The irregular schedules for staff members come in with student workers. Often, the part-time staff will work flexible schedules. This helps students to work, while also attending classes.

Faculty members may have some set hours for class times, but they tend to work a very irregular schedule. They may have to keep certain office hours, but the hours can vary quite a bit. One semester may present a different set of hours for a professor than another.

Both staff and faculty may work overtime. However, staff positions may get paid an hourly wage, so overtime means extra compensation. There may be busier times of the year that require some overtime, however.

Levels

Faculty doesn’t have the same levels as staff. Typically, there will be tenured faculty and faculty. There may be levels outside of the professors within the faculty, however.

With staff, there are three pretty clear levels including:

It’s not uncommon for students to help fill the low-level staffing positions. They may also fill some middle-level staffing positions, especially after experience in a low-level position.

While both staff and faculty are very important to the success of a college or university, they are quite different. The faculty is the educators, while the staff provides the necessary support services.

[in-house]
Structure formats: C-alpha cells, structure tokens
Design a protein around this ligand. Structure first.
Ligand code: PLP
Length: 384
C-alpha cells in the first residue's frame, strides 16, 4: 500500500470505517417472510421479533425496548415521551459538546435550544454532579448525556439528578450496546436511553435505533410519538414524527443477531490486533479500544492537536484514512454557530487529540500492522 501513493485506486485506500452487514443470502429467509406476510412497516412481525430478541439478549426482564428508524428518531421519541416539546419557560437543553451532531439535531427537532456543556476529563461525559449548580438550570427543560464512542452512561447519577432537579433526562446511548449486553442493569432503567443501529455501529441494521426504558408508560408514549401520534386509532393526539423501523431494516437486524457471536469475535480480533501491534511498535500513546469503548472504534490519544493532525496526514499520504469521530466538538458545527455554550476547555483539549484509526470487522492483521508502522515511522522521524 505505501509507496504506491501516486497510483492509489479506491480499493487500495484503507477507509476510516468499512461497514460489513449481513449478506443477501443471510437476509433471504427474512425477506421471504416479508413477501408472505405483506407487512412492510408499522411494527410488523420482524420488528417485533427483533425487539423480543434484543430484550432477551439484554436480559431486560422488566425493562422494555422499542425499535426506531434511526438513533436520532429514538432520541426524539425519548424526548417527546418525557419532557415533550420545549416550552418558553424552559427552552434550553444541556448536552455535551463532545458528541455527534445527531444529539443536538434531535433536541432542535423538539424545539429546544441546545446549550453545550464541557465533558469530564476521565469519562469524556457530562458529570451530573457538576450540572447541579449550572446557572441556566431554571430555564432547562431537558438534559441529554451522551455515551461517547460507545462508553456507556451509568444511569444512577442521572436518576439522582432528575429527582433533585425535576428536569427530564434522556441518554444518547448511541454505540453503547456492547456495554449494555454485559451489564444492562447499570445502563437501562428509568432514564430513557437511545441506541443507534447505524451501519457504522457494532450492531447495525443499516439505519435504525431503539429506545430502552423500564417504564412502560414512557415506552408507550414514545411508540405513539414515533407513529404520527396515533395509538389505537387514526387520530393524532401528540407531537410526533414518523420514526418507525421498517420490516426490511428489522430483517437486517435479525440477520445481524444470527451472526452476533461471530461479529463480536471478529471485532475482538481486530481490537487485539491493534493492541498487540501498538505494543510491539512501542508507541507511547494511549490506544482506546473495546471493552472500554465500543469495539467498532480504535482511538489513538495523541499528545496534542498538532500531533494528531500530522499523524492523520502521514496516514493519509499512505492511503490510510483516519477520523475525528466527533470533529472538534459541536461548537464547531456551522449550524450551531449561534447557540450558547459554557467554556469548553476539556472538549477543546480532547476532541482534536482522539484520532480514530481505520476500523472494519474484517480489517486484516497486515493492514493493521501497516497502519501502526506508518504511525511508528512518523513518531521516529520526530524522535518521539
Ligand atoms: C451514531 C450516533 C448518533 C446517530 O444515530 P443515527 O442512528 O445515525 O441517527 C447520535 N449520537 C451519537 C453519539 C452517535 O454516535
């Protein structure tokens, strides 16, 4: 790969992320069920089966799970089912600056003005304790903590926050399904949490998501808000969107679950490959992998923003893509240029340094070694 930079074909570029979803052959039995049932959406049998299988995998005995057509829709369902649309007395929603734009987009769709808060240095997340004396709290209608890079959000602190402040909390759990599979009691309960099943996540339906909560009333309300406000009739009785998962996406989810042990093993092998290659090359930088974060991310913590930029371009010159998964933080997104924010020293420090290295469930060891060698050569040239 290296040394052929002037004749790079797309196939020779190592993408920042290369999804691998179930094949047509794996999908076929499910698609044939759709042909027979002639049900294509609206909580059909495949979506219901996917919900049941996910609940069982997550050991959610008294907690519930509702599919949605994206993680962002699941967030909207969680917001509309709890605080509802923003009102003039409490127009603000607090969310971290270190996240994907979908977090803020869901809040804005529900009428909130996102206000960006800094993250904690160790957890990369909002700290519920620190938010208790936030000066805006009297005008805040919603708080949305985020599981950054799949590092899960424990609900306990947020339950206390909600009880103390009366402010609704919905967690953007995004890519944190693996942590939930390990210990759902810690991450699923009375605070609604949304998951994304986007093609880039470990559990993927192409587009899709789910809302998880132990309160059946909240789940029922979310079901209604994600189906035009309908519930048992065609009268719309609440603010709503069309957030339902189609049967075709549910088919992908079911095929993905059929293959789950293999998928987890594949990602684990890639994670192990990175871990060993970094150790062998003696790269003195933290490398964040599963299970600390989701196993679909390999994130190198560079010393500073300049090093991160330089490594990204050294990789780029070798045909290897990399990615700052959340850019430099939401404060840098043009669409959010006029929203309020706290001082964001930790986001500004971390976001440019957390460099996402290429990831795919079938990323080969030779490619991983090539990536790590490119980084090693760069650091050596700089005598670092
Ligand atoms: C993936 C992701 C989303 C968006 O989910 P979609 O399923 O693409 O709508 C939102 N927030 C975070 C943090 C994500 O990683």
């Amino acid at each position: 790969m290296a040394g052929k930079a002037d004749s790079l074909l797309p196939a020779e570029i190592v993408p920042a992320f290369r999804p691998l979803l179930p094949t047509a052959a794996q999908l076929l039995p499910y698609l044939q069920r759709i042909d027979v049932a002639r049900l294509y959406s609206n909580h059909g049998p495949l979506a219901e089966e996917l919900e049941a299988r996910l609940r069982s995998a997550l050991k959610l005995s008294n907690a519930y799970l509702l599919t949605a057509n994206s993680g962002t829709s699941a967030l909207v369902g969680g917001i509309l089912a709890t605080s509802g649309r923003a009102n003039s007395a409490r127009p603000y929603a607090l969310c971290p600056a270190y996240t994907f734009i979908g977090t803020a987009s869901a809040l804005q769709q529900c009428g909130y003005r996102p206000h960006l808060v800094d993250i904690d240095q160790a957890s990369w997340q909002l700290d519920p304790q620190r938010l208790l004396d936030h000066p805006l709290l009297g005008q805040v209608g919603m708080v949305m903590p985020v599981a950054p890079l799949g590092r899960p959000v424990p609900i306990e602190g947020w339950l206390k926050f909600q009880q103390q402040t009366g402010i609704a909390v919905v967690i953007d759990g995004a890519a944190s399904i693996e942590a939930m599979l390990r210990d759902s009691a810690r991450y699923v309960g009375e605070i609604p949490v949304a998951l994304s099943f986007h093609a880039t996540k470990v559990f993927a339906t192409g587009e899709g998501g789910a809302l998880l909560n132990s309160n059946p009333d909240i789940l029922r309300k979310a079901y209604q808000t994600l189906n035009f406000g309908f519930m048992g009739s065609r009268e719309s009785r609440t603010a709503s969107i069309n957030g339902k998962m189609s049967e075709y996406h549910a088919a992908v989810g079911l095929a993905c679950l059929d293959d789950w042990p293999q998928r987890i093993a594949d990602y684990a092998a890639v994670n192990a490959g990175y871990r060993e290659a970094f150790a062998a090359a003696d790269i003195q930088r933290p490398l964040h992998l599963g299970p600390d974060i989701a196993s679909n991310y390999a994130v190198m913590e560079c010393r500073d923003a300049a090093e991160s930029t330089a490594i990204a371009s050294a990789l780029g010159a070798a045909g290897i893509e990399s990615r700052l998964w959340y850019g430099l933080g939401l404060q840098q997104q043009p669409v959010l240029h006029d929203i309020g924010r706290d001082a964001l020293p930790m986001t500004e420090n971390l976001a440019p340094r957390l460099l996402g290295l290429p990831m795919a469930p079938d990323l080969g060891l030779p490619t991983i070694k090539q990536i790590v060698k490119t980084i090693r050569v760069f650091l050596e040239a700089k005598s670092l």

Understanding the difference is important. These are not two terms that can really be used interchangeably. They have a different meaning and refer to different types of careers.

There are clear differences in the type of education necessary, along with the salary or pay of these positions. Faculty is a bit more specialized and refers to a very specific group, while staff refers to many different positions.

Jordan Fabel

Jordan Fabel

Covering different 'paths' that people's lives can take. Creative, foster parent, ticket dismissal, you get the idea. Exploring the requirements, certifications, exams, and obviously, approved courses along each path. I, personally, am the high school dropout son of two teacher parents. So how did I get here? That story is coming soon!